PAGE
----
What do we do when the sites we use shut down? Tech's problems are our problems.

This article originally appeared in Try This! — Tools for Journalism, our newsletter about digital tools. Want bite-sized news, tutorials and ideas about the best digital tools for journalism in your inbox every Monday? Sign up here.

It’s tough to imagine a world without SoundCloud.

My first experience with the “YouTube for audio” was in 2010 when a friend shared a terrible mashup of “TiK ToK” by Kesha and a very European electronica song. I wasn’t impressed then, but now I sit up at night and worry about SoundCloud’s future.

The site has become the best place online to upload, find and share audio — from podcasts like Poynter’s defunct Covering 45 to the official storage site for one of my favorite digital tools, SoundCite.

With a business model in flux, its finances wavered from bleak to grim to “hmm, maybe it’ll be OK.” I can only hope that they’ve got it figured out this time.

Now go back to the first sentence of this newsletter and replace “SoundCloud” with your favorite news organization. Maybe it's the one you work for. Maybe it's the one you read. What would happen if The New York Times or your hometown newspaper disappeared from the internet tomorrow?

Does a backup of all that work exist somewhere? Not just the text, but also the images, the coding, the layouts, the posts to social and other platforms (How much work would we lose if Facebook or YouTube shut down tomorrow)? If not, how can we store those things? 

We are already losing an incredible amount of information every day due to website redesigns, minute but steady changes to coding and a lack of maintenance.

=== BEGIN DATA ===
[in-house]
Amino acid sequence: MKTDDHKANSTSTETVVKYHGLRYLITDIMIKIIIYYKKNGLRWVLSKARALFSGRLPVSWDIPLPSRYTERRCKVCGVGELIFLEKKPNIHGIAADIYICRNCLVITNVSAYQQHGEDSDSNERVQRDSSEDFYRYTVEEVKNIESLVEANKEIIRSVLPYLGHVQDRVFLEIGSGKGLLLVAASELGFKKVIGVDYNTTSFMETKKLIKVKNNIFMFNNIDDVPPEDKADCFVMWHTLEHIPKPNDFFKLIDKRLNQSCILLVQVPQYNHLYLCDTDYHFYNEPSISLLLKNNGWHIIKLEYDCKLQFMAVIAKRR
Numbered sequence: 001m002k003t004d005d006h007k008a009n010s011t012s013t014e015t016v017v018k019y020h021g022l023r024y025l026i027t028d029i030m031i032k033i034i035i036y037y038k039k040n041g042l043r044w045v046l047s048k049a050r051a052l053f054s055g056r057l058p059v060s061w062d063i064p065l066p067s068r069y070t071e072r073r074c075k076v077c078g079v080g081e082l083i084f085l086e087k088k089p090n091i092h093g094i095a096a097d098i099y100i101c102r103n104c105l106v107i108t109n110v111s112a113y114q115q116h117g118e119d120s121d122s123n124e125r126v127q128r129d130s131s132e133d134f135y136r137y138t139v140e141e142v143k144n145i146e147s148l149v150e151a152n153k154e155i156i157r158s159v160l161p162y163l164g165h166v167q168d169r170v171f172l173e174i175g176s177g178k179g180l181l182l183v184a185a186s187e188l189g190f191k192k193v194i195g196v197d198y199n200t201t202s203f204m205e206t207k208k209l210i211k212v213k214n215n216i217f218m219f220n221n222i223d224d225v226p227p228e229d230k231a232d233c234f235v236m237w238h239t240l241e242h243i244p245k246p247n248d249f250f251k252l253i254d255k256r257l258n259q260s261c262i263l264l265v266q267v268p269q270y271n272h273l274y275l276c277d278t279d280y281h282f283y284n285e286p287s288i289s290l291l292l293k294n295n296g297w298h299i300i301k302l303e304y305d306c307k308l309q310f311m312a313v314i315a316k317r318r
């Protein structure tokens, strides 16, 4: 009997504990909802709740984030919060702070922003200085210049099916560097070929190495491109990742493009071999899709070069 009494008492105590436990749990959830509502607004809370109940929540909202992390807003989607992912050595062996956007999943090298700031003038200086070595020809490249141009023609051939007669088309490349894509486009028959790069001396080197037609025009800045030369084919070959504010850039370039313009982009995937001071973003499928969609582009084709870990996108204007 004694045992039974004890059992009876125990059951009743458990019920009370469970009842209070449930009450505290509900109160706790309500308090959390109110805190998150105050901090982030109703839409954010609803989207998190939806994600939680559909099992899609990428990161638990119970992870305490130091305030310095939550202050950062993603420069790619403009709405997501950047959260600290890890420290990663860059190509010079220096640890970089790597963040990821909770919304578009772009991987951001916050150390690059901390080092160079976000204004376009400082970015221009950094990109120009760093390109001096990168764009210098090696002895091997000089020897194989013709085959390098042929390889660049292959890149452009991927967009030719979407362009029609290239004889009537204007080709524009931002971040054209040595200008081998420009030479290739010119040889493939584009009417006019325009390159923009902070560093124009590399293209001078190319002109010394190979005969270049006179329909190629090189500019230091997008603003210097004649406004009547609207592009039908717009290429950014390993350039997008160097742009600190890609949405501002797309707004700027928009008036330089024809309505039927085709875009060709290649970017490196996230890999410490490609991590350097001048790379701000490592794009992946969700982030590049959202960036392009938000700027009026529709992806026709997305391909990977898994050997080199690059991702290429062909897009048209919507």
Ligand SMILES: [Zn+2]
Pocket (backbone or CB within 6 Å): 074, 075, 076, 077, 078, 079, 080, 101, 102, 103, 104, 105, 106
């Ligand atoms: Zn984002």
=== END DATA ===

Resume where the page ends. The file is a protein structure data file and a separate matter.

Two and a half years ago, Adrienne LaFrance wrote about a Pulitzer Prize finalist series disappearing from the web. A month later, her Atlantic colleague Meredith Broussard wrote about how LaFrance’s story would likely itself disappear after a period of time. 

As Broussard noted, great but imperfect answers exist. The Internet Archive is an incredible service and a technical marvel, but it isn't the most helpful for those who don't know the rough dates or websites the information was published on.

It’s maddening that we don’t have a solution for this. Our work is supposed to be the first draft of history. Instead, it’s a sand mandala with bits of code scattering under the digital winds.

GET SOCIAL: You probably already received a notification about this but here’s where you can go to see if Cambridge Analytica, the maligned consulting firm that used Facebook data to attempt to sway elections, got ahold of your information. The site tells me that CA likely got my “public profile, page likes, birthday and current city” because a friend logged into it. Unlike the quorum on my News Feed, I’m not shaming my poor anonymous friend(s) who gave away my data. How many of us played Candy Crush, Farmville or logged into those junk surveys back in the day? Sure, I wish my friends hadn’t given away my data. But, in Facebook’s terms, it’s complicated.

By the way, if you suspect some other group has been funneling your Facebook data, turn them in. There’s now a bounty for that.